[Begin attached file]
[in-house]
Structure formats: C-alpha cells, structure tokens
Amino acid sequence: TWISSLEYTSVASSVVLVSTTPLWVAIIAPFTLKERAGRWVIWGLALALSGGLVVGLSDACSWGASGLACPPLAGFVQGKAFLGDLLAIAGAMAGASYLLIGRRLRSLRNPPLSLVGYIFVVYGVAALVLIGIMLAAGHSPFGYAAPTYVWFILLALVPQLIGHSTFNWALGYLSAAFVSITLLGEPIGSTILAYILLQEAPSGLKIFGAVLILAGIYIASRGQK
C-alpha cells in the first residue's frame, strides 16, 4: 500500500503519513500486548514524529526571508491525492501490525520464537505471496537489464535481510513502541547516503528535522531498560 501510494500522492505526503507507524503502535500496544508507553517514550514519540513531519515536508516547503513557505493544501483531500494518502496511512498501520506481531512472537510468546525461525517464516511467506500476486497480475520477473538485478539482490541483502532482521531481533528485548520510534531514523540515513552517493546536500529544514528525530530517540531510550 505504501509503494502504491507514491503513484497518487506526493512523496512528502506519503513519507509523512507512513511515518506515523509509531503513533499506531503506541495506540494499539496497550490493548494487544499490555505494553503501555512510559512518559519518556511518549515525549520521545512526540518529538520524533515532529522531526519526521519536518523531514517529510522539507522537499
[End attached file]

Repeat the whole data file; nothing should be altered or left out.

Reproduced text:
[in-house]
Structure formats: C-alpha cells, structure tokens
Amino acid sequence: TWISSLEYTSVASSVVLVSTTPLWVAIIAPFTLKERAGRWVIWGLALALSGGLVVGLSDACSWGASGLACPPLAGFVQGKAFLGDLLAIAGAMAGASYLLIGRRLRSLRNPPLSLVGYIFVVYGVAALVLIGIMLAAGHSPFGYAAPTYVWFILLALVPQLIGHSTFNWALGYLSAAFVSITLLGEPIGSTILAYILLQEAPSGLKIFGAVLILAGIYIASRGQK
C-alpha cells in the first residue's frame, strides 16, 4: 500500500503519513500486548514524529526571508491525492501490525520464537505471496537489464535481510513502541547516503528535522531498560 501510494500522492505526503507507524503502535500496544508507553517514550514519540513531519515536508516547503513557505493544501483531500494518502496511512498501520506481531512472537510468546525461525517464516511467506500476486497480475520477473538485478539482490541483502532482521531481533528485548520510534531514523540515513552517493546536500529544514528525530530517540531510550 505504501509503494502504491507514491503513484497518487506526493512523496512528502506519503513519507509523512507512513511515518506515523509509531503513533499506531503506541495506540494499539496497550490493548494487544499490555505494553503501555512510559512518559519518556511518549515525549520521545512526540518529538520524533515532529522531526519526521519536518523531514517529510522539507522537499